Drug-Induced Lupus

Drug-induced lupus (erythematosus) is similar to SLE, but is instead caused by a reaction to certain types of medication. Typically, symptoms begin to show after taking medication for three to six months. Medications that cause drug-induced lupus are usually taken to treat other health conditions, such as rheumatoid arthritis (RA) or cardiovascular problems. These include:6

  • Tumor necrosis factor (TNF) alpha blockers for RA, such as infliximab, adalimumab, and etanercept
  • Cardiovascular drugs, such as hydralazine, quinidine, and procainamide
  • Cancer immunotherapy drugs, such as pembrolizumab
  • Antibiotics, such as minocycline

Symptoms of drug-induced lupus tend to be less severe than SLE, and the condition rarely affects any major organs. It tends to go away on its own after you stop taking the medication.6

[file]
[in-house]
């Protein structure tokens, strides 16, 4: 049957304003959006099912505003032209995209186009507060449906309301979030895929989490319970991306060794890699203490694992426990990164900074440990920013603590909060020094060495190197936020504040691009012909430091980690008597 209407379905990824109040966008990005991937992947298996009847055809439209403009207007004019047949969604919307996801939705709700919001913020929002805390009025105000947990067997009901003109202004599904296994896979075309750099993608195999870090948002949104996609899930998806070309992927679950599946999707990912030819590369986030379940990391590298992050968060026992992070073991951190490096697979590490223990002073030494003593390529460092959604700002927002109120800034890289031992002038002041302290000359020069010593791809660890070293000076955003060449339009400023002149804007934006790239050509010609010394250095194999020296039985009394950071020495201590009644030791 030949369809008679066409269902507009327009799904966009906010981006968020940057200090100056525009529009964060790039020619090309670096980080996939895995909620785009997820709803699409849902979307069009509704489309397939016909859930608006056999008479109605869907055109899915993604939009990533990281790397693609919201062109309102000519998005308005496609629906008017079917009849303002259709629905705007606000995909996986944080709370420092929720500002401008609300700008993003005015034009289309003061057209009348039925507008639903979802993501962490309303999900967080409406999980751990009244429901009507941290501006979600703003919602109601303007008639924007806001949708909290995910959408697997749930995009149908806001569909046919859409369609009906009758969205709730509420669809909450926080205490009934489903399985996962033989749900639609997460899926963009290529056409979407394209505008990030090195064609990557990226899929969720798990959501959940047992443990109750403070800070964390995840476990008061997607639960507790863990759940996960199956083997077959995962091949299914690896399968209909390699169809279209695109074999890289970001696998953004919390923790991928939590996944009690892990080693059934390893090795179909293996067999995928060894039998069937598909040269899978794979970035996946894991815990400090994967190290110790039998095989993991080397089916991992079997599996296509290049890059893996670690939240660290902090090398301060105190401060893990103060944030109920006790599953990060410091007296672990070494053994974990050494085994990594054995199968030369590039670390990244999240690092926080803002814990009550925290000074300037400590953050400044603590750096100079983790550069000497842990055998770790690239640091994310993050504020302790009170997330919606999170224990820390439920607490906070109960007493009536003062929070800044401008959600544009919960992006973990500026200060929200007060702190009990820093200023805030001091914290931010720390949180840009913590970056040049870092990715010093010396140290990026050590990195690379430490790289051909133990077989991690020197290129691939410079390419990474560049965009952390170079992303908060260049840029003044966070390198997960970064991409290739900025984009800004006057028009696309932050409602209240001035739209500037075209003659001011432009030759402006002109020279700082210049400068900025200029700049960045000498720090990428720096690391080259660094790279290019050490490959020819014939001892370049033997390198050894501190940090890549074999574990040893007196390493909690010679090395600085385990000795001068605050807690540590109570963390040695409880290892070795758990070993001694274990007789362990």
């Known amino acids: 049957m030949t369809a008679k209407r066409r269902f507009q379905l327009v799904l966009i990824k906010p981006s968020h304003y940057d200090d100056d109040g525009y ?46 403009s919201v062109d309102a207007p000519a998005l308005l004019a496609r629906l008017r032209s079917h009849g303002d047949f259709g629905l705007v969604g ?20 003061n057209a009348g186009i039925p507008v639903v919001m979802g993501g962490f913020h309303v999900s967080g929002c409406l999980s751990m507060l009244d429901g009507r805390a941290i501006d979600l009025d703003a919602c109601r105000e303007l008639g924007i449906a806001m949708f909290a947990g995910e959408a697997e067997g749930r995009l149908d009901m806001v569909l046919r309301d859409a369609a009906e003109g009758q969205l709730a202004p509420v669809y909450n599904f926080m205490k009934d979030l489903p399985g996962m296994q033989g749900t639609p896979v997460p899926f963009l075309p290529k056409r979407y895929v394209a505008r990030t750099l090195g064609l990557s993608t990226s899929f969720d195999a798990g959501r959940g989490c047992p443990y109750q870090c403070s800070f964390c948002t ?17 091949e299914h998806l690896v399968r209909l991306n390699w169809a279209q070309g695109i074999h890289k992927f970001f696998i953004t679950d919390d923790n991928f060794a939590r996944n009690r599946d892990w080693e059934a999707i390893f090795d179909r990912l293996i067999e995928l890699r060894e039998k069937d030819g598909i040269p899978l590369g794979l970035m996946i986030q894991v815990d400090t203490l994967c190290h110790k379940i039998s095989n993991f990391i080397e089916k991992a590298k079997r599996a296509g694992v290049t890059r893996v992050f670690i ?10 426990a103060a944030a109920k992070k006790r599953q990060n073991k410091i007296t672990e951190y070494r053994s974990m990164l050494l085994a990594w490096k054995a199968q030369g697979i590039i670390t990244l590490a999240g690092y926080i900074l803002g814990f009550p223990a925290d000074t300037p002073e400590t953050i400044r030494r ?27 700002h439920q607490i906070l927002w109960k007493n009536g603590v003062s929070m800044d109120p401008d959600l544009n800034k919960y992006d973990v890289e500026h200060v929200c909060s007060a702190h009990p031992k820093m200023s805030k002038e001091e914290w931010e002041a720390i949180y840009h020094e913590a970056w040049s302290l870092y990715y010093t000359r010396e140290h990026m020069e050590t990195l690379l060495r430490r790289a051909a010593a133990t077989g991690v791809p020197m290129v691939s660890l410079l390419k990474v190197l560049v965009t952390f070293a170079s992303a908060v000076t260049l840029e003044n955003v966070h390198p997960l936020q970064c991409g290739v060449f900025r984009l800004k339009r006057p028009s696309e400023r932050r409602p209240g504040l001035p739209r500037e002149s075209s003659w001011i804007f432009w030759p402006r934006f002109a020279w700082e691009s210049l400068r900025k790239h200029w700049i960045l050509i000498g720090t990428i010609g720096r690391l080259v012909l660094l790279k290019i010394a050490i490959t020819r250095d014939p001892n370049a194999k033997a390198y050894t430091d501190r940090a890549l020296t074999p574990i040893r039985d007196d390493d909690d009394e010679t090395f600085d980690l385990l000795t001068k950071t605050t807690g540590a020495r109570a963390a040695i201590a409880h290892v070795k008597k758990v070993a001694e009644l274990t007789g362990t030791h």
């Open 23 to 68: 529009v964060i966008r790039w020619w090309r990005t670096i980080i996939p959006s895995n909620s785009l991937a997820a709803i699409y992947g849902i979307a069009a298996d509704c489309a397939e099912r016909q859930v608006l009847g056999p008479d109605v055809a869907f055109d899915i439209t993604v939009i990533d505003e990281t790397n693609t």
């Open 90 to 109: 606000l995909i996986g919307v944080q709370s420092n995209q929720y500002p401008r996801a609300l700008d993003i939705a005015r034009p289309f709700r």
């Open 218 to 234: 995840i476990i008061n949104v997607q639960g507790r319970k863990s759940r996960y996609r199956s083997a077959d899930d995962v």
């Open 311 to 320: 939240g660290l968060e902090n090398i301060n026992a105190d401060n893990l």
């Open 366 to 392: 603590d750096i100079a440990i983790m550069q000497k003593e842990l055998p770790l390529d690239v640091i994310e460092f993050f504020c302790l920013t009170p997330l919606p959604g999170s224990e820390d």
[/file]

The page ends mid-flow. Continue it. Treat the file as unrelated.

Neonatal Lupus

Neonatal lupus is a rare form of lupus that occurs in newborn infants born to mothers with lupus or another autoimmune disease, such as RA or Sjogren’s syndrome.7 In some cases, the mother may not have any autoimmune disease, but she has the autoantibodies responsible for causing symptoms. These include the anti-Ro/SSA and anti-La/SSB antibodies, which are mainly found in women with SLE and Sjogren’s syndrome.8

When these antibodies are passed from mother to infant across the placenta, they can begin attacking the baby’s healthy issues. This causes a red rash that looks similar to SLE. It’s important to note that neonatal lupus is not a form of SLE, and symptoms typically clear up after several months with no lasting side effects. In rare cases, neonatal lupus can cause a congenital heart defect.7